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Habs Mailbag: Trading for Dubois, Byron’s Future, Lafreniere



Montreal Canadiens trade target Pierre-Luc Dubois (2)

Welcome back to another edition of the Canadiens Mailbag!

This week we discuss possible trades, the 2023 Draft, player development, and much more.

Before we get into it, I’d like to take a moment to congratulate Laura Stacey and Marie Philip-Poulin on their recent engagement announcement.

They’re both amazing athletes and great people, to boot.

Once they set a date, Canada will finally celebrate its true Royal Wedding. No offence, William.

Alright, let’s get right into it!


Probably not.

Given the tone from Elliotte Friedman the last time the Pierre-Luc Dubois topic was discussed, I don’t get the sense the Canadiens are willing to trade multiple quality assets for Dubois’ services.

Kent Hughes has also made it clear he’s in no hurry to trade Josh Anderson.

A late first-round pick would be a reasonable price to acquire Dubois this summer rather than next summer when he’s likely to become an unrestricted free agent.

But anything more than that feels like an overpay given that virtually every hockey insider has stated Dubois is intent on playing for the Montreal Canadiens.

Now, if you’re a Winnipeg Jets fan reading this, you’re probably a little insulted at the lack of decent proposals coming from Habs-related websites.

And you have every right to be.

It’s a frustrating situation that has left the Jets with little to no leverage.

The harsh truth is that no, the Jets won’t be getting a prospect such as Lane Hutson in return for early access to Dubois. But if the Jets play their cards right, they could still land a decent asset for their expiring asset, which is better than nothing.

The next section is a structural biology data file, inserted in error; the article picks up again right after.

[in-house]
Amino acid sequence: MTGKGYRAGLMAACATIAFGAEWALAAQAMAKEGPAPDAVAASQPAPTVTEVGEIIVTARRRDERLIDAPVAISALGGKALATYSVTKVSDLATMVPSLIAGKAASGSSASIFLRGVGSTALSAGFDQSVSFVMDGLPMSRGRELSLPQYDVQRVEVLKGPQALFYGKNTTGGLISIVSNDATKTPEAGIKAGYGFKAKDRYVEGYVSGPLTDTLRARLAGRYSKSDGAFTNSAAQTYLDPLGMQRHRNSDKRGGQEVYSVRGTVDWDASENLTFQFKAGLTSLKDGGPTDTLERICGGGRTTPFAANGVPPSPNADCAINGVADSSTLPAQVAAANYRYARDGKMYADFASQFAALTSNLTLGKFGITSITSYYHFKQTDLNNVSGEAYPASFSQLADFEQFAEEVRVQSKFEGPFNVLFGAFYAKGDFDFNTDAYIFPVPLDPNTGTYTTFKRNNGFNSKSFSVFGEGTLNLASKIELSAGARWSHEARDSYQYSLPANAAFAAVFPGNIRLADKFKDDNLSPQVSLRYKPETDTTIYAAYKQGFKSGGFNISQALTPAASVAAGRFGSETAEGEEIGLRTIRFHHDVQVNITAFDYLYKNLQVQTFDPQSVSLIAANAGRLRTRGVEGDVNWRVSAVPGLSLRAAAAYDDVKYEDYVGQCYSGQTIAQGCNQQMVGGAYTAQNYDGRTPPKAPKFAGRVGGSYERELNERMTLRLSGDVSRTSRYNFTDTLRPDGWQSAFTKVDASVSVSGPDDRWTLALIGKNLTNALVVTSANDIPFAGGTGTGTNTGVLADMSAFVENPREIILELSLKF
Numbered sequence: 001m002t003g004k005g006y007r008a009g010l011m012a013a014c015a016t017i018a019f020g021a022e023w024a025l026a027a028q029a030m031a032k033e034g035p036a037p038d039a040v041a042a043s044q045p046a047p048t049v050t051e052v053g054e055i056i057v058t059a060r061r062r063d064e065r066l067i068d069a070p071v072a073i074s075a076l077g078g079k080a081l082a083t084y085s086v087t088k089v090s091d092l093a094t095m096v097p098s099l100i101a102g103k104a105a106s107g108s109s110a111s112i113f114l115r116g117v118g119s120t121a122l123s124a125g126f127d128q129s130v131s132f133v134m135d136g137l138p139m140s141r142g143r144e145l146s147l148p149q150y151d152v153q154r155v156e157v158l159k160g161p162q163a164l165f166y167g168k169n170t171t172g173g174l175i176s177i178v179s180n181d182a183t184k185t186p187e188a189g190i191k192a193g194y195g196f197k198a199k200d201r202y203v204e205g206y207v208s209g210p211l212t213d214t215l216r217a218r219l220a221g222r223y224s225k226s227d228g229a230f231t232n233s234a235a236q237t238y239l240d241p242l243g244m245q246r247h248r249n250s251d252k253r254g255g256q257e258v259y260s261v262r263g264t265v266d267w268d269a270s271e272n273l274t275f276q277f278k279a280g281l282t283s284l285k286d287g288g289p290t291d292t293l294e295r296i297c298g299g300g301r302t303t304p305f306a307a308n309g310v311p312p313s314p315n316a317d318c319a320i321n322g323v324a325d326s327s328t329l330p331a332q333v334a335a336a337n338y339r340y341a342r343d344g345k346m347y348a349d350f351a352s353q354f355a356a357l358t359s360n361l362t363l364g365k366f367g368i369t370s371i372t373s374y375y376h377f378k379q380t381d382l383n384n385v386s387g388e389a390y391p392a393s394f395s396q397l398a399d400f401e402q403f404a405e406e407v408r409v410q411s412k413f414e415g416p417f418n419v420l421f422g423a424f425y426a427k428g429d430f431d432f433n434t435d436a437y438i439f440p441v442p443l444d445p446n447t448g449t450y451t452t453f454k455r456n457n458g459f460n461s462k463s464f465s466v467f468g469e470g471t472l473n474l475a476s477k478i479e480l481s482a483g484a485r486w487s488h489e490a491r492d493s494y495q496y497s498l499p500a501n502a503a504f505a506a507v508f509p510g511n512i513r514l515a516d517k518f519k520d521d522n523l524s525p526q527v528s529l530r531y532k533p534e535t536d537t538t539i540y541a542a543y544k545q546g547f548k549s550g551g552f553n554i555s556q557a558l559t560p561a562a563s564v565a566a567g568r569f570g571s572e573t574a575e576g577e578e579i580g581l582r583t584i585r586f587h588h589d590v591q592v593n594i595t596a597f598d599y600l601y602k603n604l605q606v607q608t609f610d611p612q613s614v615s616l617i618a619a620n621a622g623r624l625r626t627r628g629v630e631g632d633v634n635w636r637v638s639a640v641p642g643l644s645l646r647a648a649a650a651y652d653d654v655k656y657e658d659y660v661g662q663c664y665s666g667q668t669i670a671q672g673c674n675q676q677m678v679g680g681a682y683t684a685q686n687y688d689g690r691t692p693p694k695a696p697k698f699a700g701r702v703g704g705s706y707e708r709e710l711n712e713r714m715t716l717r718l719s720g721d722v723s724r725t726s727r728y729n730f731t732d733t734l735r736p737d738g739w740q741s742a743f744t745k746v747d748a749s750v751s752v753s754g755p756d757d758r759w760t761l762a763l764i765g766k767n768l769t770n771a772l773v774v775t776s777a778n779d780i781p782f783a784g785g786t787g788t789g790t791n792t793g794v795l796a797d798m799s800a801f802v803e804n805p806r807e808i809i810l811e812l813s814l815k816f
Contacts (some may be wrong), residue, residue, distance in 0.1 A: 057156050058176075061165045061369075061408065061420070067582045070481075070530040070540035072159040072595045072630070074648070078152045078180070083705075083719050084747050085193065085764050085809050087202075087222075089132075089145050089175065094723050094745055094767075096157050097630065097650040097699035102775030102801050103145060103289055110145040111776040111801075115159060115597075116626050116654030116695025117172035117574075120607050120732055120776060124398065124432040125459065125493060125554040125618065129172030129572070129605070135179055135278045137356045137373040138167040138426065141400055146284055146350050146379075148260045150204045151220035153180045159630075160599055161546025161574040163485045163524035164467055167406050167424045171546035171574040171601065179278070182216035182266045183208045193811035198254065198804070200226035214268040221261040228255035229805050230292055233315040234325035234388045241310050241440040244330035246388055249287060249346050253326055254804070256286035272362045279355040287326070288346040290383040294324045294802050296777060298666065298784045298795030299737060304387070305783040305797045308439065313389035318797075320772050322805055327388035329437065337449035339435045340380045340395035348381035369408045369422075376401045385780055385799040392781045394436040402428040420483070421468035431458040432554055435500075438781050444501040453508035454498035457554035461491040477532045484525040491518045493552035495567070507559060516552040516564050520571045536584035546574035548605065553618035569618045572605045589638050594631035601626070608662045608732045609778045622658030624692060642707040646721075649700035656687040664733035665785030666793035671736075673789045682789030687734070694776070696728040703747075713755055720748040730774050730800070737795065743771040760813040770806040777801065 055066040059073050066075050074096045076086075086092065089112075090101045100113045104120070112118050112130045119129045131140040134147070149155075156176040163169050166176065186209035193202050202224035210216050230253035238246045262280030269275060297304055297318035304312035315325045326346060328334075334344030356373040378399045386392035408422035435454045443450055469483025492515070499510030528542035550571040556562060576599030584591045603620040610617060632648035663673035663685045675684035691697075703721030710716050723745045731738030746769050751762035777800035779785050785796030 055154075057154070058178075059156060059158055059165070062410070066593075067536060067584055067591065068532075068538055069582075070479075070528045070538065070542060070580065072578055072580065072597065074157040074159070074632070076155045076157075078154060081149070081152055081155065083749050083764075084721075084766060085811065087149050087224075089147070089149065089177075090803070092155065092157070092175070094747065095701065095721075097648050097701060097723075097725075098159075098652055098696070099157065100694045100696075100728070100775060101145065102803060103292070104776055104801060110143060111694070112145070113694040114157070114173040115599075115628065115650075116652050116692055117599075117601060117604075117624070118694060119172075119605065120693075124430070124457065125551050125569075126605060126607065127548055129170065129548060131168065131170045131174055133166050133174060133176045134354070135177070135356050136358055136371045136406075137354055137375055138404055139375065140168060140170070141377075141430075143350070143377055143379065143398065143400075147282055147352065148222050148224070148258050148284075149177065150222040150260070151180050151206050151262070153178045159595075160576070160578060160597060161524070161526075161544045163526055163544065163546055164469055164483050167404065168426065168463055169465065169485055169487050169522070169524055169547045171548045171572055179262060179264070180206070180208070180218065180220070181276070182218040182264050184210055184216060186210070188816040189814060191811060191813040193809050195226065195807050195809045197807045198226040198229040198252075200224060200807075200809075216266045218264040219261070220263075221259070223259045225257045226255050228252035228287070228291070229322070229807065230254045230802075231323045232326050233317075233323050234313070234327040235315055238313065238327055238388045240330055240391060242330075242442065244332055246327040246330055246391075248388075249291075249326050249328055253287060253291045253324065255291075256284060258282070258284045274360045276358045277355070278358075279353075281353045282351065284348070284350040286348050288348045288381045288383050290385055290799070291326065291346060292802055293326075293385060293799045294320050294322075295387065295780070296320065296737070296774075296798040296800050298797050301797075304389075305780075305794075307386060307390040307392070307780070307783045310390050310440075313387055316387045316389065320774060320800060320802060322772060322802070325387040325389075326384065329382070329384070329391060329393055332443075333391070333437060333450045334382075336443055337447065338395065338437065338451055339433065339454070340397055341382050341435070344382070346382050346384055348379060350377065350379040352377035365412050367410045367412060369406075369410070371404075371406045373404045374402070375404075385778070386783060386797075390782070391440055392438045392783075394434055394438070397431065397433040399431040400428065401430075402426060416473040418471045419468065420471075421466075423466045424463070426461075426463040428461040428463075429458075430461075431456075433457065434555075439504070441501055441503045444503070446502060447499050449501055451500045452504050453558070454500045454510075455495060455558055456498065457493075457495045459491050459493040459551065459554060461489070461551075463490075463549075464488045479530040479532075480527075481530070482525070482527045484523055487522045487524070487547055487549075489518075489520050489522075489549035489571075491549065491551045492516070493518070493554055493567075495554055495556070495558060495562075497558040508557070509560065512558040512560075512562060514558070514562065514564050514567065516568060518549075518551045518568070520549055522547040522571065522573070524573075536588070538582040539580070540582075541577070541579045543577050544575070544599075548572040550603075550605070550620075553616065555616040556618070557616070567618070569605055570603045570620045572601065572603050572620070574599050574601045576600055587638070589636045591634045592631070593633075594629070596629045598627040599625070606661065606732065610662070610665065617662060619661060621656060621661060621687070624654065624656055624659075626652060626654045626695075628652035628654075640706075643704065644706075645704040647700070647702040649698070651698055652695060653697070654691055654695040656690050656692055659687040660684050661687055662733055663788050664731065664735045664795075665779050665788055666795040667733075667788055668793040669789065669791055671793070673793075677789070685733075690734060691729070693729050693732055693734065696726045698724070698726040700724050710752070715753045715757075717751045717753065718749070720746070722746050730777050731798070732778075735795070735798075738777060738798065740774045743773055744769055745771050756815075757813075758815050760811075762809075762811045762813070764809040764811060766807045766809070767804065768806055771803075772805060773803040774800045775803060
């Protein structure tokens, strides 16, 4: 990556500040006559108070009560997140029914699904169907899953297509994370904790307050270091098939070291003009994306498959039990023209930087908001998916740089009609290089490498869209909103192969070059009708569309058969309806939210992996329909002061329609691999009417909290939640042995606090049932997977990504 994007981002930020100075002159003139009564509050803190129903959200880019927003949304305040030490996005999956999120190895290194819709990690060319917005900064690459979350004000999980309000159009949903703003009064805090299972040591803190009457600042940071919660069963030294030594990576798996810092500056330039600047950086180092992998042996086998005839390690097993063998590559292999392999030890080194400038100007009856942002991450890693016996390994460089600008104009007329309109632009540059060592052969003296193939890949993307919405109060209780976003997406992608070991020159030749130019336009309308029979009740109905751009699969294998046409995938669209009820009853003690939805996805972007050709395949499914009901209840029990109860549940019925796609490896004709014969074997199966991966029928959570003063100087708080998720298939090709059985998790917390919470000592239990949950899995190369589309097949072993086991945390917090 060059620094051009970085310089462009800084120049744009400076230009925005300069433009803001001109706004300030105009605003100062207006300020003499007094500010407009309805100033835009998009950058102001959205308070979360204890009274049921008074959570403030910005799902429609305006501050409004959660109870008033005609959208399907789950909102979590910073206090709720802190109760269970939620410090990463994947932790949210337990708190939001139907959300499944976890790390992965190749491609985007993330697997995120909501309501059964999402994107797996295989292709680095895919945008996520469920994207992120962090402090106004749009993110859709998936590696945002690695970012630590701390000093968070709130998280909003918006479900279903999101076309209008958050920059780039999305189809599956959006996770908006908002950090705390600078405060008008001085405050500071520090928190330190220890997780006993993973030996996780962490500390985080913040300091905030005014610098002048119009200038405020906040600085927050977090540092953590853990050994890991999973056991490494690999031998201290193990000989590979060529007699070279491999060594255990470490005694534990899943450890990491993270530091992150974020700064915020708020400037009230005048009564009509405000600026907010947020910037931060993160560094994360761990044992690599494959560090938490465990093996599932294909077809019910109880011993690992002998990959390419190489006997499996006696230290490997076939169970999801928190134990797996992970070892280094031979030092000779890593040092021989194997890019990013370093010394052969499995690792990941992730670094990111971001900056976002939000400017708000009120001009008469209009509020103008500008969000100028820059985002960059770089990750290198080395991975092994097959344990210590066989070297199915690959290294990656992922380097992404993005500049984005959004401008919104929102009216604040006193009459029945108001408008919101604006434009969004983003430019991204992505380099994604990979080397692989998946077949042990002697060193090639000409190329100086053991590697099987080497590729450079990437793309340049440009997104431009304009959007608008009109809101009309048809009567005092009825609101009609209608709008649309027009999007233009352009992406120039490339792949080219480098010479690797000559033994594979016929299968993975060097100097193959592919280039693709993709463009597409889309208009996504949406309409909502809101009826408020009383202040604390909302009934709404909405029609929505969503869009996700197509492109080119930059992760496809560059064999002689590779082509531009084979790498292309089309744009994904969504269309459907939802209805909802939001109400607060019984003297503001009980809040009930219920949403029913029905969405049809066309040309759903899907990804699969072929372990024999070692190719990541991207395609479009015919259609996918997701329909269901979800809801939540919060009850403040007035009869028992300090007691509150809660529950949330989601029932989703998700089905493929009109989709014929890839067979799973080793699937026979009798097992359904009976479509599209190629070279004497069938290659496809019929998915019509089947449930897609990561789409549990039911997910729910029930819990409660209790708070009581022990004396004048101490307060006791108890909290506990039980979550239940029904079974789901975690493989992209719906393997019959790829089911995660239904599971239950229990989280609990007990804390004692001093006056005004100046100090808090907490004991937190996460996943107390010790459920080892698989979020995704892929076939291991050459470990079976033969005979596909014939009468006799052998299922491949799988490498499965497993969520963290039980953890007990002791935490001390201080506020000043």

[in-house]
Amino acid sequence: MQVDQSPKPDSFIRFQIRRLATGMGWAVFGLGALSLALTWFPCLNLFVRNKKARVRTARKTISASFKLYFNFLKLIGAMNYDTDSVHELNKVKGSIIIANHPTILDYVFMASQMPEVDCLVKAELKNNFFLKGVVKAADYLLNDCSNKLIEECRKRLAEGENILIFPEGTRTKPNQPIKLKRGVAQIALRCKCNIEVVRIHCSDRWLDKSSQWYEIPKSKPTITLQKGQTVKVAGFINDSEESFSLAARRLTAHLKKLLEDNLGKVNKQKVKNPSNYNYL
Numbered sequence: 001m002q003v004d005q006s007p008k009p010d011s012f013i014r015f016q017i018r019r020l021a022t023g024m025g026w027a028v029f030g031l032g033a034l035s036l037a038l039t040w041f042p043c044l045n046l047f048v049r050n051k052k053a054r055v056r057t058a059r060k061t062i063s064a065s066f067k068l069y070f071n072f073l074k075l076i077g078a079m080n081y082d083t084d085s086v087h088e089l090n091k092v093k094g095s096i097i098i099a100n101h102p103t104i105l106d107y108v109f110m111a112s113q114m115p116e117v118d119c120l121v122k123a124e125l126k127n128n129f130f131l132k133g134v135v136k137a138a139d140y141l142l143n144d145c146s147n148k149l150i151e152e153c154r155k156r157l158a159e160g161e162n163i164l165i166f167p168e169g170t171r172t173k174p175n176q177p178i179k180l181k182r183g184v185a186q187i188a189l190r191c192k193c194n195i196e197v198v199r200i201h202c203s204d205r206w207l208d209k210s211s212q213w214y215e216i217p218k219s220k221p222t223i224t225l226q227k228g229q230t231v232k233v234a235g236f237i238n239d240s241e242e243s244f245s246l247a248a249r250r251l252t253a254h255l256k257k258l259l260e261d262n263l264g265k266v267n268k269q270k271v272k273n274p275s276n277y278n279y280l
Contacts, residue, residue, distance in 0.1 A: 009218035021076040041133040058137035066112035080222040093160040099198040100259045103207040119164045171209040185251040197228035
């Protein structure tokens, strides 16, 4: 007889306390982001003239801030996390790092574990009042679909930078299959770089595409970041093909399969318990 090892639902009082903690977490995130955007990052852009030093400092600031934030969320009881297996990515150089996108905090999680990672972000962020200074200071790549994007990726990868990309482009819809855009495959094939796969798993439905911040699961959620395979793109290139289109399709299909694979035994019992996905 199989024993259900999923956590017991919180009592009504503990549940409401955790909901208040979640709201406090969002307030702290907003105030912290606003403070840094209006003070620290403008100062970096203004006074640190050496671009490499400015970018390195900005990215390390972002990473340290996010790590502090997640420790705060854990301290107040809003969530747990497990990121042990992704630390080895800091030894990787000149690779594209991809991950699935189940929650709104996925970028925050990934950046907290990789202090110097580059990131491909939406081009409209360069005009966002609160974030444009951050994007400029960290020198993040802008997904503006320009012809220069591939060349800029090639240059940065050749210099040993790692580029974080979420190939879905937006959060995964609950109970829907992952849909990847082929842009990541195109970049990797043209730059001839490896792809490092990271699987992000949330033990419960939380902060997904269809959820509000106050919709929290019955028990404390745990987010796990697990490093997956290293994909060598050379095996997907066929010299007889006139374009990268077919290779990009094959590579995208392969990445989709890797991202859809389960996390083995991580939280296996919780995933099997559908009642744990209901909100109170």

And let’s remind ourselves, nothing is a very real possibility at the moment.

As for the Canadiens, they can afford to lay back, relax, and watch the situation unfold, which means there’s no reason for them to up the ante in a situation where their potential trade partner lacks leverage in negotiations.


I’d be surprised if Paul Byron plays another NHL game, and it’s genuinely a heart-wrenching situation.

He literally put his body on the line for this franchise, creating lifelong memories for Canadiens fans at the expense of his long-term health.

Few players have worked harder to make the NHL, and even fewer who worked harder to say in the NHL once they forced their way onto the roster.

Which is why he’d be a perfect development coach, in my opinion. Not necessarily when it comes to Xs and Os, though I’m sure he’s quite adept in that regard. But rather, I’d say his greatest strength lies within his affability.

Paul Byron is one of the nicest people you’ll ever meet.

Full stop.

In this era of open, healthy communication, Byron is the perfect candidate to help players understand what it takes to succeed in the NHL.

I’ve also had the privilege of interacting with his wife Sarah and their incredibly cute children during the Canadiens’ surprising 2021 run to the Stanley Cup Final, and I have to say they’re one of the most wholesome families in hockey.